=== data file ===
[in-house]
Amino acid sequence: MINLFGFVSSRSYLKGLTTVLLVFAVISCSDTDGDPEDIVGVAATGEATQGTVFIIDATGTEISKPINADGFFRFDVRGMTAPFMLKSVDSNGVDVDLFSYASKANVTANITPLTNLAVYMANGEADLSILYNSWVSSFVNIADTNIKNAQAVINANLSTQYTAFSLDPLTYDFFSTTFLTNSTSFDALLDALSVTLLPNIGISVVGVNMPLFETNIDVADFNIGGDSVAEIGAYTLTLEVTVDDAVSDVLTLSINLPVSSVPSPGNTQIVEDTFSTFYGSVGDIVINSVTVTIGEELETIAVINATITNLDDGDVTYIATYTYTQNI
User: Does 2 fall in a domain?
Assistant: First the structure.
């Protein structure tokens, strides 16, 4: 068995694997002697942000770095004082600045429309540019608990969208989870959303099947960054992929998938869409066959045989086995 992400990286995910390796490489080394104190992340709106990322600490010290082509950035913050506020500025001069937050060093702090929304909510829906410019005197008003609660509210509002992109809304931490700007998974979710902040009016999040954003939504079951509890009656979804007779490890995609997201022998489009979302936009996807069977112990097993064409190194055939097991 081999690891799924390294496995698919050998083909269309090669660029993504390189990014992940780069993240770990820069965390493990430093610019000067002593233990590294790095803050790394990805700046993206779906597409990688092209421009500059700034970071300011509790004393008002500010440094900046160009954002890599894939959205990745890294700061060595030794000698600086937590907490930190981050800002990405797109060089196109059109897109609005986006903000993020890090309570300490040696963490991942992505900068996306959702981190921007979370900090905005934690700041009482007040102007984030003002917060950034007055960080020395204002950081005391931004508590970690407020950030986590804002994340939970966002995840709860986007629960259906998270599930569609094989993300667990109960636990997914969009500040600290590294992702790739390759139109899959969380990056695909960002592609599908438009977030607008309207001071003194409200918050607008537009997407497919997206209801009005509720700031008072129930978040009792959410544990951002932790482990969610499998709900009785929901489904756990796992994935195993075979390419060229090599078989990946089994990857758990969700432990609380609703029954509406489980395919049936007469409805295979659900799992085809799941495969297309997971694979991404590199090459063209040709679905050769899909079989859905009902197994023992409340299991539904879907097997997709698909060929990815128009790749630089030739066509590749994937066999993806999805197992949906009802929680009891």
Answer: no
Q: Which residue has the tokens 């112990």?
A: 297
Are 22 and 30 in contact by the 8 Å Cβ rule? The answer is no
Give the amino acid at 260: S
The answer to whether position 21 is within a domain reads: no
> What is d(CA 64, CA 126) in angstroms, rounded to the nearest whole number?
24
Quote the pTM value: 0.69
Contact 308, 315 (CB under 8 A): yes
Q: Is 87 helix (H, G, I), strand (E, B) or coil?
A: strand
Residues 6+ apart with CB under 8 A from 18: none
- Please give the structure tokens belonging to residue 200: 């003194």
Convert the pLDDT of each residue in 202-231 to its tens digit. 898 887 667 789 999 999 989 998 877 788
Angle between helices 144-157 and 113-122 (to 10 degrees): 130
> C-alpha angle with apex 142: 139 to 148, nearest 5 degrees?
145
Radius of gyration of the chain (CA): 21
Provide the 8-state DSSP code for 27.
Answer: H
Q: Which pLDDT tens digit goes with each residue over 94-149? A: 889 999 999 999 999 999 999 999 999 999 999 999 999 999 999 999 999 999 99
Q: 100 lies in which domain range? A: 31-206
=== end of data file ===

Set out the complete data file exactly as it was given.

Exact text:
[in-house]
Amino acid sequence: MINLFGFVSSRSYLKGLTTVLLVFAVISCSDTDGDPEDIVGVAATGEATQGTVFIIDATGTEISKPINADGFFRFDVRGMTAPFMLKSVDSNGVDVDLFSYASKANVTANITPLTNLAVYMANGEADLSILYNSWVSSFVNIADTNIKNAQAVINANLSTQYTAFSLDPLTYDFFSTTFLTNSTSFDALLDALSVTLLPNIGISVVGVNMPLFETNIDVADFNIGGDSVAEIGAYTLTLEVTVDDAVSDVLTLSINLPVSSVPSPGNTQIVEDTFSTFYGSVGDIVINSVTVTIGEELETIAVINATITNLDDGDVTYIATYTYTQNI
User: Does 2 fall in a domain?
Assistant: First the structure.
């Protein structure tokens, strides 16, 4: 068995694997002697942000770095004082600045429309540019608990969208989870959303099947960054992929998938869409066959045989086995 992400990286995910390796490489080394104190992340709106990322600490010290082509950035913050506020500025001069937050060093702090929304909510829906410019005197008003609660509210509002992109809304931490700007998974979710902040009016999040954003939504079951509890009656979804007779490890995609997201022998489009979302936009996807069977112990097993064409190194055939097991 081999690891799924390294496995698919050998083909269309090669660029993504390189990014992940780069993240770990820069965390493990430093610019000067002593233990590294790095803050790394990805700046993206779906597409990688092209421009500059700034970071300011509790004393008002500010440094900046160009954002890599894939959205990745890294700061060595030794000698600086937590907490930190981050800002990405797109060089196109059109897109609005986006903000993020890090309570300490040696963490991942992505900068996306959702981190921007979370900090905005934690700041009482007040102007984030003002917060950034007055960080020395204002950081005391931004508590970690407020950030986590804002994340939970966002995840709860986007629960259906998270599930569609094989993300667990109960636990997914969009500040600290590294992702790739390759139109899959969380990056695909960002592609599908438009977030607008309207001071003194409200918050607008537009997407497919997206209801009005509720700031008072129930978040009792959410544990951002932790482990969610499998709900009785929901489904756990796992994935195993075979390419060229090599078989990946089994990857758990969700432990609380609703029954509406489980395919049936007469409805295979659900799992085809799941495969297309997971694979991404590199090459063209040709679905050769899909079989859905009902197994023992409340299991539904879907097997997709698909060929990815128009790749630089030739066509590749994937066999993806999805197992949906009802929680009891």
Answer: no
Q: Which residue has the tokens 């112990």?
A: 297
Are 22 and 30 in contact by the 8 Å Cβ rule? The answer is no
Give the amino acid at 260: S
The answer to whether position 21 is within a domain reads: no
> What is d(CA 64, CA 126) in angstroms, rounded to the nearest whole number?
24
Quote the pTM value: 0.69
Contact 308, 315 (CB under 8 A): yes
Q: Is 87 helix (H, G, I), strand (E, B) or coil?
A: strand
Residues 6+ apart with CB under 8 A from 18: none
- Please give the structure tokens belonging to residue 200: 């003194």
Convert the pLDDT of each residue in 202-231 to its tens digit. 898 887 667 789 999 999 989 998 877 788
Angle between helices 144-157 and 113-122 (to 10 degrees): 130
> C-alpha angle with apex 142: 139 to 148, nearest 5 degrees?
145
Radius of gyration of the chain (CA): 21
Provide the 8-state DSSP code for 27.
Answer: H
Q: Which pLDDT tens digit goes with each residue over 94-149? A: 889 999 999 999 999 999 999 999 999 999 999 999 999 999 999 999 999 999 99
Q: 100 lies in which domain range? A: 31-206